Published November 17, 2014
Egyptian President Hosni Mubarak said he will not run for a new term in office in September elections, but rejected demands that he step down immediately and leave the country, vowing to die on Egypt's soil, in a television address Tuesday after a dramatic day in which a quarter-million protesters called on him to go.
Mubarak said he would serve out the rest of his term working to ensure a "peaceful transfer of power" and carry out amendments to rules on presidential elections.
But the half-way concession — an end to his rule months down the road — was immediately derided by protesters massed in Cairo's main downtown square.
Watching his speech on a giant TV set up in Tahrir square, protesters booed and waved their shoes over the heads in a sign of contempt. "Go, go, go! We are not leaving until he leaves," they chanted, and one man screamed, "He doesn't want to say it, he doesn't want to say it."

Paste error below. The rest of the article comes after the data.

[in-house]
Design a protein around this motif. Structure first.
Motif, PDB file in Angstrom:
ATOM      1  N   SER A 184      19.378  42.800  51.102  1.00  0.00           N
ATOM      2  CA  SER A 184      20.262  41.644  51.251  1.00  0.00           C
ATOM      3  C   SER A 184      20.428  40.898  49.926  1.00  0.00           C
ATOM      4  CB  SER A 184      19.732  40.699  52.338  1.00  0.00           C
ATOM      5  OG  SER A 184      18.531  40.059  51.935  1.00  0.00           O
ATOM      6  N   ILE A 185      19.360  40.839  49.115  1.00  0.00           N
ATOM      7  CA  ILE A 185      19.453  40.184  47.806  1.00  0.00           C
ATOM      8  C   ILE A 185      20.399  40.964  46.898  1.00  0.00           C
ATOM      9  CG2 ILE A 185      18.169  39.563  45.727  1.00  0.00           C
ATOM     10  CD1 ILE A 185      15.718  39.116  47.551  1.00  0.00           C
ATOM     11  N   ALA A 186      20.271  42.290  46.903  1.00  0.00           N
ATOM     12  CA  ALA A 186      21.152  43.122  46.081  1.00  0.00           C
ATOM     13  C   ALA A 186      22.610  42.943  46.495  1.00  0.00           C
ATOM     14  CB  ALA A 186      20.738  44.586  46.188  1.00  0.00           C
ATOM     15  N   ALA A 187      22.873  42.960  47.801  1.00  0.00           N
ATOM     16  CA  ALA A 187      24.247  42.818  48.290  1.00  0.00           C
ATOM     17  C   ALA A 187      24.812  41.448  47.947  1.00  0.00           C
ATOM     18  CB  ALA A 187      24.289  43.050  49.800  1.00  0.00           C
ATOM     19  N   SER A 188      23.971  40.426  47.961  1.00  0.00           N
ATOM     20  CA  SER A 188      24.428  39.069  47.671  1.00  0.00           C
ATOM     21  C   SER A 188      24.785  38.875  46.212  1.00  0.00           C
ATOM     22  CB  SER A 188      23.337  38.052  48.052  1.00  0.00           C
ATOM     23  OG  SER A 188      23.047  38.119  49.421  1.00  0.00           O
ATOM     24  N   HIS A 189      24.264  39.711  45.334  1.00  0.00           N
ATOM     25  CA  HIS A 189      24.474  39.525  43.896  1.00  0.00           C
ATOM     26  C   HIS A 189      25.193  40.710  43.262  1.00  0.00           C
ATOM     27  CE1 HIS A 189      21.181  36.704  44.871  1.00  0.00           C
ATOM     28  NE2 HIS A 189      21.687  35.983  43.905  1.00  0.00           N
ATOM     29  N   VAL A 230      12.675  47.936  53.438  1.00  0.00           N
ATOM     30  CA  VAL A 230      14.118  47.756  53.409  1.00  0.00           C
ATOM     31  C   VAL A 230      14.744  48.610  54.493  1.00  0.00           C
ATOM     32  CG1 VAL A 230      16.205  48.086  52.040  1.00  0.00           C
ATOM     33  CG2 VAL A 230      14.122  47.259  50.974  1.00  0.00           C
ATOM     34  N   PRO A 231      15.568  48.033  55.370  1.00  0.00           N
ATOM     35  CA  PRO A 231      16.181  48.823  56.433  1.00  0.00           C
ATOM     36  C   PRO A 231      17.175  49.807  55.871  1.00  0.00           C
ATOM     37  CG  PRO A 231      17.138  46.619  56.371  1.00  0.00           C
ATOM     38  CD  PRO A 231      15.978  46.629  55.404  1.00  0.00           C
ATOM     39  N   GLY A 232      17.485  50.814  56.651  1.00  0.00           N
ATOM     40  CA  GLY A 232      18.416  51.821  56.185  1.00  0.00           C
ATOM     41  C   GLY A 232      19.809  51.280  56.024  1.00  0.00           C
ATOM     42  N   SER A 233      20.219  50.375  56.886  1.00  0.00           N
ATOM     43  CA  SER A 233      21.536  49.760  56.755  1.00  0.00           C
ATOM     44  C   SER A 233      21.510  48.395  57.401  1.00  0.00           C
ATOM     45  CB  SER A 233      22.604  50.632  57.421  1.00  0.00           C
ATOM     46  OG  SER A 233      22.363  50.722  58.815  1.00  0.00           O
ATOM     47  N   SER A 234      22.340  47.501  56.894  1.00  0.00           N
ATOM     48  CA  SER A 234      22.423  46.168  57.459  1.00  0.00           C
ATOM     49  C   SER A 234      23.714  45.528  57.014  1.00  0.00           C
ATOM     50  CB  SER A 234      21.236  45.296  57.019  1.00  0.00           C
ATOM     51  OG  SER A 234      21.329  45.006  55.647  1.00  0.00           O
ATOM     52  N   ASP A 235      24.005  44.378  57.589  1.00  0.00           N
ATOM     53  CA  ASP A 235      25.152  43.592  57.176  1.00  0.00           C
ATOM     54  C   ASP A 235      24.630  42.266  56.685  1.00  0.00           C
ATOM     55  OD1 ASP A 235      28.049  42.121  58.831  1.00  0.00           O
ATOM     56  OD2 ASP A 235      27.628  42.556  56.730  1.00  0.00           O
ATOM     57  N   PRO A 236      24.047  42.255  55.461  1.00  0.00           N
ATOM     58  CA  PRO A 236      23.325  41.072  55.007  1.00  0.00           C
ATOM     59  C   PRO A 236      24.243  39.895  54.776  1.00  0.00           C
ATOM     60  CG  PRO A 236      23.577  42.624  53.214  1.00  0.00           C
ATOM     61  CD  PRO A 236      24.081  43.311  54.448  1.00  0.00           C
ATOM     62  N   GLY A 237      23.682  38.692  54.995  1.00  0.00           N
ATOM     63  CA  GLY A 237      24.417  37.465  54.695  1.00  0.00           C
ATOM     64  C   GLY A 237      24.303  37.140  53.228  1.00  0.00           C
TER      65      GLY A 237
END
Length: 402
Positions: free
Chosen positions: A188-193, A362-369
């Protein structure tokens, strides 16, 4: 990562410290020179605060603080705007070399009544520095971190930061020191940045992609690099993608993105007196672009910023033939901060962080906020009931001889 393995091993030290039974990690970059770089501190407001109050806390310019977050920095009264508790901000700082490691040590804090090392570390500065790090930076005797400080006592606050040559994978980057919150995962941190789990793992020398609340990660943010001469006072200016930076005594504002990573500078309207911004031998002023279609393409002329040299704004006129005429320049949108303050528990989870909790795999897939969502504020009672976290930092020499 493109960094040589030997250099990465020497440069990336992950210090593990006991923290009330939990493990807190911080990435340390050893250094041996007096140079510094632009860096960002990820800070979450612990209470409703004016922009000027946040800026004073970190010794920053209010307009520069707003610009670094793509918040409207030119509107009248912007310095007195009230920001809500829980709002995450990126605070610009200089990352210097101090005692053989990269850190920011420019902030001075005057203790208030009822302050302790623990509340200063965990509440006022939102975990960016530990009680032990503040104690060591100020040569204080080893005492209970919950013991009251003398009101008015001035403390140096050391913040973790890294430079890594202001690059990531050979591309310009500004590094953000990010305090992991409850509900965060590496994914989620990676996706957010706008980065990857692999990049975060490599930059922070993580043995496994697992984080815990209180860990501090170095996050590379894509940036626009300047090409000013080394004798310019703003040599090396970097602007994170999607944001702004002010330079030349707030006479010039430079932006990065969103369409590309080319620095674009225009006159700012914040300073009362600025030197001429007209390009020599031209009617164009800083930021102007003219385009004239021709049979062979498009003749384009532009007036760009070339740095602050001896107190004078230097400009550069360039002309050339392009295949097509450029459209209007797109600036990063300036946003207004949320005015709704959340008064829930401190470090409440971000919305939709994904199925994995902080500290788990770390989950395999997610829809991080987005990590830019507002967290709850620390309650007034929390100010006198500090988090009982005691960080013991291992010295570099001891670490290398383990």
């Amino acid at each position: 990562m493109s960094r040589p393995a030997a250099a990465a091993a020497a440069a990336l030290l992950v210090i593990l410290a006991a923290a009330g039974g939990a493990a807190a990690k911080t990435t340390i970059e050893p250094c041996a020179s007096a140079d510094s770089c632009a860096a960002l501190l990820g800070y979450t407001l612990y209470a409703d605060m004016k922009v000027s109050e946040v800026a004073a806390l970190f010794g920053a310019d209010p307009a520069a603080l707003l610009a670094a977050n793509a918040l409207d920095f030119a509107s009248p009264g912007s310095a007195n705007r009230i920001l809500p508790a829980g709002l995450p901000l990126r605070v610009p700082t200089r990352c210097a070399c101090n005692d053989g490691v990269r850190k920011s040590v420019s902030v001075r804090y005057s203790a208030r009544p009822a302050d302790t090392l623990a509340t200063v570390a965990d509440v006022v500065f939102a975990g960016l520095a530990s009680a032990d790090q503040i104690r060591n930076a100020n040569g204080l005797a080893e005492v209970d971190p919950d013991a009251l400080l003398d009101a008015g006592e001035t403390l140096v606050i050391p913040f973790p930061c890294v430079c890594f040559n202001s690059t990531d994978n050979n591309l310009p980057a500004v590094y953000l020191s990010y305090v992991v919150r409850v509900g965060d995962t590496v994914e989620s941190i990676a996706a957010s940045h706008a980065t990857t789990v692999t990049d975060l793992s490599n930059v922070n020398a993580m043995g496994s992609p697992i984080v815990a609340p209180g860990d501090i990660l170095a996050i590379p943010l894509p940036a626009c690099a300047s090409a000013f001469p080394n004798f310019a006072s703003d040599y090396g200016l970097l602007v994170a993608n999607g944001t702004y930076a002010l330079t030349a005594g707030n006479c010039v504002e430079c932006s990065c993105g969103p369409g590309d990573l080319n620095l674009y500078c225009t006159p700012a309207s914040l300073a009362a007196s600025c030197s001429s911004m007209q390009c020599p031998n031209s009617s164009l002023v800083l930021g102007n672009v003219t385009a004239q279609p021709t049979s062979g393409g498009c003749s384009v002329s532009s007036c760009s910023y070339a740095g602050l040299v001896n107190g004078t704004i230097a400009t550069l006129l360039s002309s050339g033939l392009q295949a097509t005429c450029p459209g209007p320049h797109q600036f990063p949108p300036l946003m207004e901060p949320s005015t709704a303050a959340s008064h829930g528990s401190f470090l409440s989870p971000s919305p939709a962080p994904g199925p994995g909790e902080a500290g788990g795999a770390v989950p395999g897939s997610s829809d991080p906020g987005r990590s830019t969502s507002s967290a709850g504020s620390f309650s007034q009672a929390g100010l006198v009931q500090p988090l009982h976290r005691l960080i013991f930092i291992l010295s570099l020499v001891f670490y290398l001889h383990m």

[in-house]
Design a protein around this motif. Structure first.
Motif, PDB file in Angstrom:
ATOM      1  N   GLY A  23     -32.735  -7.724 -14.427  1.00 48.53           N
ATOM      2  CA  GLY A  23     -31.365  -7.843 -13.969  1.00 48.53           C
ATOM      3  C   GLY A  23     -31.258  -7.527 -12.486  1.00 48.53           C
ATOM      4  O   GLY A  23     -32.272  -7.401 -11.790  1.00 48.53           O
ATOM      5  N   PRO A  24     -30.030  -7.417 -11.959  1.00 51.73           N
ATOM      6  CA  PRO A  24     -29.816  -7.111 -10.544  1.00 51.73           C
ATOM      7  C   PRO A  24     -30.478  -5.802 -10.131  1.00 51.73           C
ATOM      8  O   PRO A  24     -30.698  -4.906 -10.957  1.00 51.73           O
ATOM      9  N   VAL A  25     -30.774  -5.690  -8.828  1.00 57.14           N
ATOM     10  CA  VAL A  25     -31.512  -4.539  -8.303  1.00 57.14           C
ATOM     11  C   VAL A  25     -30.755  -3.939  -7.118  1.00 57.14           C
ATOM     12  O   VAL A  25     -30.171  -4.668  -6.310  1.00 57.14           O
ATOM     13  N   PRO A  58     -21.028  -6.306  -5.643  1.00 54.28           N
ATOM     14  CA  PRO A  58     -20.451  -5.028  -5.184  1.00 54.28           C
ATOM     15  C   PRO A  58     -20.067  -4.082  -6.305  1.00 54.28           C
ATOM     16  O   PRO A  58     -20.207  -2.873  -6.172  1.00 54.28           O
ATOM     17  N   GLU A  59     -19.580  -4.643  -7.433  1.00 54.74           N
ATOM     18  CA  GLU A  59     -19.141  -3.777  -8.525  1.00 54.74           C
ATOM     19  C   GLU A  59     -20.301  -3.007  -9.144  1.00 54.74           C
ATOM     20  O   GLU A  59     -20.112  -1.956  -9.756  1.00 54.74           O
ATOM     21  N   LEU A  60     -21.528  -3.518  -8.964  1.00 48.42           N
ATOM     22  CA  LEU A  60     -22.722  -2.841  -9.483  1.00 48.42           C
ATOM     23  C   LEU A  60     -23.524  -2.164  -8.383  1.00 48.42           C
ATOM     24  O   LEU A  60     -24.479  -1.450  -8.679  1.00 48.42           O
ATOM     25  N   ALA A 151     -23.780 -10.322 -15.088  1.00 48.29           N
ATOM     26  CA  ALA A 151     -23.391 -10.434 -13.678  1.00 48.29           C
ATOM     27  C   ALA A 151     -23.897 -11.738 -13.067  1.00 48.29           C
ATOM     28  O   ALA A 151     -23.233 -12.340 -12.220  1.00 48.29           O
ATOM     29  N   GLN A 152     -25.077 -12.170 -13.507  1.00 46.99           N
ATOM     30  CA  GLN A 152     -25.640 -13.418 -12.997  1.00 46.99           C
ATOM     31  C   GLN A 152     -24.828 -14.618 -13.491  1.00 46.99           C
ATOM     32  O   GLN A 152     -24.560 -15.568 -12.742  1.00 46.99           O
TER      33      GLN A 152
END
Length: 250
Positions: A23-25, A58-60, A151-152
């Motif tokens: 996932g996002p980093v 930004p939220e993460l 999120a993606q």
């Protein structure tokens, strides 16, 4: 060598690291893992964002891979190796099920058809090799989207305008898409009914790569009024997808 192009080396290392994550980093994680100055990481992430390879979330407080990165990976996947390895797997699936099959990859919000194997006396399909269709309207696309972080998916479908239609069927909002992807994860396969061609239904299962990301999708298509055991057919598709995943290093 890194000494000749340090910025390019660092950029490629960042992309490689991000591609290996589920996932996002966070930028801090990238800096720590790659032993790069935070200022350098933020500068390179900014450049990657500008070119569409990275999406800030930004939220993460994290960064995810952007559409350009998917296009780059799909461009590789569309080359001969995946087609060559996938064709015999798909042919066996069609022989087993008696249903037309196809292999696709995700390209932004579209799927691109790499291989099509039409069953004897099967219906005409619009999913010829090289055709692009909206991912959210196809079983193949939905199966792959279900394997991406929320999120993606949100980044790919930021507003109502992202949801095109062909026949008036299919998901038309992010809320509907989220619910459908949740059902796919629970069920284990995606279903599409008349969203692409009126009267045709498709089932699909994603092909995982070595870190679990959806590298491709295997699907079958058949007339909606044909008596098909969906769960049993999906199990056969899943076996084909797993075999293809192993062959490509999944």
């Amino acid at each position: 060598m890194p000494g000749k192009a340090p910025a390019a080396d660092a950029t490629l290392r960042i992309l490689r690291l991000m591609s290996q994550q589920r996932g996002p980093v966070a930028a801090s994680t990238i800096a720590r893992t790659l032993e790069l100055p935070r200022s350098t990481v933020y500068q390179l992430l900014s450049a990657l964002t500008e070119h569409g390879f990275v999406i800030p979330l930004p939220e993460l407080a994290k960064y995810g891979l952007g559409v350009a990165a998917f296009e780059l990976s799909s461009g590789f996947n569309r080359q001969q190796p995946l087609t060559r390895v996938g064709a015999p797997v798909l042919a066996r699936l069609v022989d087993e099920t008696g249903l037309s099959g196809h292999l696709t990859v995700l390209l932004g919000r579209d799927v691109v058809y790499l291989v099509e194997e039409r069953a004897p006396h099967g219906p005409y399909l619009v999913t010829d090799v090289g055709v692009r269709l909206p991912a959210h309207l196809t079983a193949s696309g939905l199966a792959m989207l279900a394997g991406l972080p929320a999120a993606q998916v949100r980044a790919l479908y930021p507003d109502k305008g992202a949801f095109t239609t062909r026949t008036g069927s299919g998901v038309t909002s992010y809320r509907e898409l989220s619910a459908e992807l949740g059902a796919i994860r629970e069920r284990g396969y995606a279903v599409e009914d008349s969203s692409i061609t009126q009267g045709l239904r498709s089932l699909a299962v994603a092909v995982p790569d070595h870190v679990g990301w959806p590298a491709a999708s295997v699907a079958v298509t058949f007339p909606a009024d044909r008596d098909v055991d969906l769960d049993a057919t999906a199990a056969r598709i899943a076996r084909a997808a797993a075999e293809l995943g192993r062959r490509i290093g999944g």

The 82-year-old Mubarak, who has ruled the country for nearly three decades, insisted that his decision not to run had nothing to do with the unprecedented protests that have shaken Egypt the past week. "I tell you in all sincerity, regardless of the current circumstances, I never intended to be a candidate for another term."
"I will work for the final remaining months of the current term to accomplish the necessary steps for the peaceful transfer of power," he said.
Mubarak, a former air force commander, resolutely vowed not to flee the country. "This dear nation .. is where I lived, I fought for it and defended its soil, sovereignty and interests. On its soil I will die. History will judge me like it did others."
His speech came after a visiting envoy of President Barack Obama told Mubarak that his ally the United States sees his presidency at an end. Frank Wisner, a respected former U.S. ambassador to Egypt who is a friend of the Egyptian president, made clear to Mubarak that the U.S "view that his tenure as president is coming to close," according to an administration official, who spoke on condition of anonymity because of the delicacy of the ongoing diplomacy.